WHAT IS COMPUTATIONAL ART?
Can machines create art?
Until not long ago, art was a skill inherent to the human being, and therefore, inaccessible to machines. The appearance and evolution of Artificial Intelligence forces us to reconsider whether painting, composing or writing is still the exclusive heritage of humanity. The debate is now open.
Art, according to the Real Academia Española (RAE), is the "manifestation of human activity through which the real is interpreted or the imagined is captured with physical, linguistic or sound resources." Although an unavoidable reference for the good use of language, the fact is that the RAE was created in 1713, when machines, as we think of them today, were unthought of.
Much progress has been made since then and machines today, in the form of sophisticated software, are already capable of writing a poem, composing a song or painting a picture. The question is: is that art? As always, it depends on the angle from which you look at it, and one of those perspectives is that provided by Margaret Boden. For this British philosopher there are three types of creativity: the combinational, that mixes existing ideas; the exploratory, that generates new ideas by exploring conceptual areas; and the transformational, that breaks down previous structures and creates new areas. Boden argues that machines can be competent in the first two cases, but for the third, at least for now, a human mind is needed. In any event, the debate is on.
The concept of computational art limits the discussion to an extent. It is defined as the study and simulation of natural human creative behaviour, by means of computer programs. Such a concept is applied to musical, artistic and literary creation by means of Artificial Intelligence (AI), in other words, the recreation of human creativity by a computer. Under this concept, robots can create art. In fact, only a few months ago, Christie's held the first auction of art created by Artificial Intelligence. What was the outcome? Sales of approximately 432,500 dollars.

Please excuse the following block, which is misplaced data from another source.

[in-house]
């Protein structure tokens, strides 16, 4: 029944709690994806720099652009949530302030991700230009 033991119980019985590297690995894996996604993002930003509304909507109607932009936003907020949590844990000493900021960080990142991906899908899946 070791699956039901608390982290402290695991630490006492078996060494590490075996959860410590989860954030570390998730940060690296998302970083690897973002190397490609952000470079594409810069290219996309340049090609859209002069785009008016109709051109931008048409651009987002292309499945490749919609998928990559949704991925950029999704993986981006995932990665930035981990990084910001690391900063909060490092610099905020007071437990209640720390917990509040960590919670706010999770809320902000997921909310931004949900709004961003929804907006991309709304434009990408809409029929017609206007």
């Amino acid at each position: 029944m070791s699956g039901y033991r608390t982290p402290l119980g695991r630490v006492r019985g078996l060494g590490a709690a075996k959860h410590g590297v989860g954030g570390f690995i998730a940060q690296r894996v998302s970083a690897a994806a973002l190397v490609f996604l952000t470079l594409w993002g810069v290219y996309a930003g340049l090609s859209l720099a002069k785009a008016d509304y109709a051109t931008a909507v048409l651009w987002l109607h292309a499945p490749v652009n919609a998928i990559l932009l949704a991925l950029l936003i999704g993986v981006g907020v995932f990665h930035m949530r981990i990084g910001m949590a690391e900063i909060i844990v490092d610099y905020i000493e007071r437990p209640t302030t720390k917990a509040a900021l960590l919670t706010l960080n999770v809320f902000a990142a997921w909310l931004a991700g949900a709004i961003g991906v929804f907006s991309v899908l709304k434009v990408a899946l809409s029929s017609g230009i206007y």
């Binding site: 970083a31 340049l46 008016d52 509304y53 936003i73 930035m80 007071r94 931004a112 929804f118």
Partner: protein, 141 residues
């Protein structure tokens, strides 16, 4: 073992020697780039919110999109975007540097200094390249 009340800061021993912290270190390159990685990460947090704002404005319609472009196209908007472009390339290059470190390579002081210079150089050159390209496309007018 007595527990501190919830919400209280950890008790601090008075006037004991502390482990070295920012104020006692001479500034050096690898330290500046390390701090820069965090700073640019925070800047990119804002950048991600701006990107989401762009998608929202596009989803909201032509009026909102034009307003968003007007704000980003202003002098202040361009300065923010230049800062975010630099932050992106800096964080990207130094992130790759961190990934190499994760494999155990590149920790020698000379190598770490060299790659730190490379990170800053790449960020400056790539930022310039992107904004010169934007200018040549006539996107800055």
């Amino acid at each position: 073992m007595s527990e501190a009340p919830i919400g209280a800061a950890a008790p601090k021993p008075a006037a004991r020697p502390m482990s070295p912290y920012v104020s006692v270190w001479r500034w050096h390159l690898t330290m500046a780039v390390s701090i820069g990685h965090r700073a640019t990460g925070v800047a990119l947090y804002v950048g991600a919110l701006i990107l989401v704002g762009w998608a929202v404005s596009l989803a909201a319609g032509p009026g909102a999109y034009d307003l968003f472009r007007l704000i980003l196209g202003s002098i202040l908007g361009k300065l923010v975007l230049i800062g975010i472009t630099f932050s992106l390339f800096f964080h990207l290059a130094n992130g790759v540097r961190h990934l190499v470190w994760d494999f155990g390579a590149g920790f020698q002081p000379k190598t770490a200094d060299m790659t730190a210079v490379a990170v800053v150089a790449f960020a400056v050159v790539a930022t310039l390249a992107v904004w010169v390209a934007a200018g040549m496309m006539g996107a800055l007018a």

ARTIFICIAL INTELLIGENCE AS AN ART TOOL
Like everything else concerning Artificial Intelligence, no one knows for sure how this technology will evolve in the future. However, more and more experts theorize about a new relationship between man and machine focused on collaboration and less on the prevalence of one over the other. "Artificial Intelligence is a tool, just like a paint brush is, and in the future it will help humans create interesting works of art", says Bas Korsten, Executive Creative Director at J. Walter Thompson.
Along the same lines, Aaron Hertzmann, Professor at the University of Toronto and principal investigator at Adobe Research, said the following: "Computation creativity is an amplifier of the imagination: having better tools for creativity will allow more people to create and artists to go much further than they could go on their own."
Large technology companies, such as Google, are already exploring the field of art and robotics. The first two ventures of the American giant are the Magenta and Deep Dream projects. The latter, in particular, is based on image recognition software that identifies objects and applies filters to them in order to reinterpret them artistically by simulating watercolour, comic or charcoal techniques.
Computation creativity not only lives from painting. The machines are also capable of composing music, such as the one created by Grammy winner Alex Da Kid using an Artificial Intelligence system. For five years, this musician — or rather, his software — analysed newspaper articles, Wikipedia entries, film synopses, song lyrics and chord progressions until finding the most popular themes and rhythms. With all of this he composed Not easy, his first cognitive song. Poetry is not spared either. WASP (Wishful Automatic Spanish Poet) is an automatic poet developed by Pablo Gervás, Professor at the Complutense University of Madrid, which is given instructions on metrics and rhyme, is told to be inspired by the work of a poet and begins to compose verses on its own.
In these latter cases, human intervention, although almost token, does exist. But there are also samples of computer art alien to human participation. Two examples. Memory of a passer-by, a piece by Mario Klingermann, a German artist, consisting of two screens that emit a constant flow of images with faces distorted by algorithms through an Artificial Intelligence brain. The interesting thing is, none of those faces ever existed! The other, with a different nuance, is The painting fool. This software or artist robot, created by Simon Colton, Professor at the University of London, downloads images from the Internet, catalogues them around concepts such as joy, desolation or panic and applies that learning to create digital works inspired by those emotions.